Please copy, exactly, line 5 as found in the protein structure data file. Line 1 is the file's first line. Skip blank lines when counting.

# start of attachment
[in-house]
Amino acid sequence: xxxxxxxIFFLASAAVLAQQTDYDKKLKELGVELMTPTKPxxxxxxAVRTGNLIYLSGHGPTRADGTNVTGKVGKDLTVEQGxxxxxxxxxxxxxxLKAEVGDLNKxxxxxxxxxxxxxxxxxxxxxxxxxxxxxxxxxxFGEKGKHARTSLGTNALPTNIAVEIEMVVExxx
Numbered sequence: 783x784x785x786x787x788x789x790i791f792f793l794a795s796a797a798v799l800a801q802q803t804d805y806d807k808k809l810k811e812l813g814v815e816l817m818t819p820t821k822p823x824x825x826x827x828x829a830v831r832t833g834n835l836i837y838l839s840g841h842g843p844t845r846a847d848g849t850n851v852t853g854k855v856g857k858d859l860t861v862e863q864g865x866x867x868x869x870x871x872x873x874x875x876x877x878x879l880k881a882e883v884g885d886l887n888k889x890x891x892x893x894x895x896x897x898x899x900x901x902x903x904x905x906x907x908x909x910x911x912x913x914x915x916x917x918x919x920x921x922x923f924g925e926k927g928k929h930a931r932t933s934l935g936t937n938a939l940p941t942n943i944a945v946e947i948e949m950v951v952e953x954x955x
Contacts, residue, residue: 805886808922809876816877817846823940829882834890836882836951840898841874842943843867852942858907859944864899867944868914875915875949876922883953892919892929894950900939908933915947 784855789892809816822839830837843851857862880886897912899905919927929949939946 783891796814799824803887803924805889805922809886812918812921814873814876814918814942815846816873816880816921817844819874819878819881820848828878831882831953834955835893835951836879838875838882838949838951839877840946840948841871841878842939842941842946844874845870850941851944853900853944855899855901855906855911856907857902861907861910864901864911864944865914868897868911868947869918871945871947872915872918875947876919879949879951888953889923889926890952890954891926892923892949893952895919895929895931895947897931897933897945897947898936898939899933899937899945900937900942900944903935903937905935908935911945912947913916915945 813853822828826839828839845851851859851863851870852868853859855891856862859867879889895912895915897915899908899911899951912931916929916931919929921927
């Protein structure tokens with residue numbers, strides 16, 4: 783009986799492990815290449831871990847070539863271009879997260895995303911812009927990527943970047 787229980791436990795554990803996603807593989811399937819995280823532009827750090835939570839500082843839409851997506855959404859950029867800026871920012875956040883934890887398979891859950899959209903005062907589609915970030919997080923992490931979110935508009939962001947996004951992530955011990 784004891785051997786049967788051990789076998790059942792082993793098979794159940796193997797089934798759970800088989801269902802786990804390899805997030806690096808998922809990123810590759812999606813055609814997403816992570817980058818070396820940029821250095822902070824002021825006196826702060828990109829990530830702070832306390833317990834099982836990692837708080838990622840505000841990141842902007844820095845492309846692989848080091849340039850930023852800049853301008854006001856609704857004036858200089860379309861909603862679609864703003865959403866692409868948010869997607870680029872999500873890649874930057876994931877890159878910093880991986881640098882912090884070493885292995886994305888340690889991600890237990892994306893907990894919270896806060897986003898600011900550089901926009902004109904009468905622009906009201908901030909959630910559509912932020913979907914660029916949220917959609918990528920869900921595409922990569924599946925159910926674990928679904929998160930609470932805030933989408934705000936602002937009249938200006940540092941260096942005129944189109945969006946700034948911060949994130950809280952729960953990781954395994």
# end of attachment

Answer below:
């Protein structure tokens with residue numbers, strides 16, 4: 783009986799492990815290449831871990847070539863271009879997260895995303911812009927990527943970047 787229980791436990795554990803996603807593989811399937819995280823532009827750090835939570839500082843839409851997506855959404859950029867800026871920012875956040883934890887398979891859950899959209903005062907589609915970030919997080923992490931979110935508009939962001947996004951992530955011990 784004891785051997786049967788051990789076998790059942792082993793098979794159940796193997797089934798759970800088989801269902802786990804390899805997030806690096808998922809990123810590759812999606813055609814997403816992570817980058818070396820940029821250095822902070824002021825006196826702060828990109829990530830702070832306390833317990834099982836990692837708080838990622840505000841990141842902007844820095845492309846692989848080091849340039850930023852800049853301008854006001856609704857004036858200089860379309861909603862679609864703003865959403866692409868948010869997607870680029872999500873890649874930057876994931877890159878910093880991986881640098882912090884070493885292995886994305888340690889991600890237990892994306893907990894919270896806060897986003898600011900550089901926009902004109904009468905622009906009201908901030909959630910559509912932020913979907914660029916949220917959609918990528920869900921595409922990569924599946925159910926674990928679904929998160930609470932805030933989408934705000936602002937009249938200006940540092941260096942005129944189109945969006946700034948911060949994130950809280952729960953990781954395994």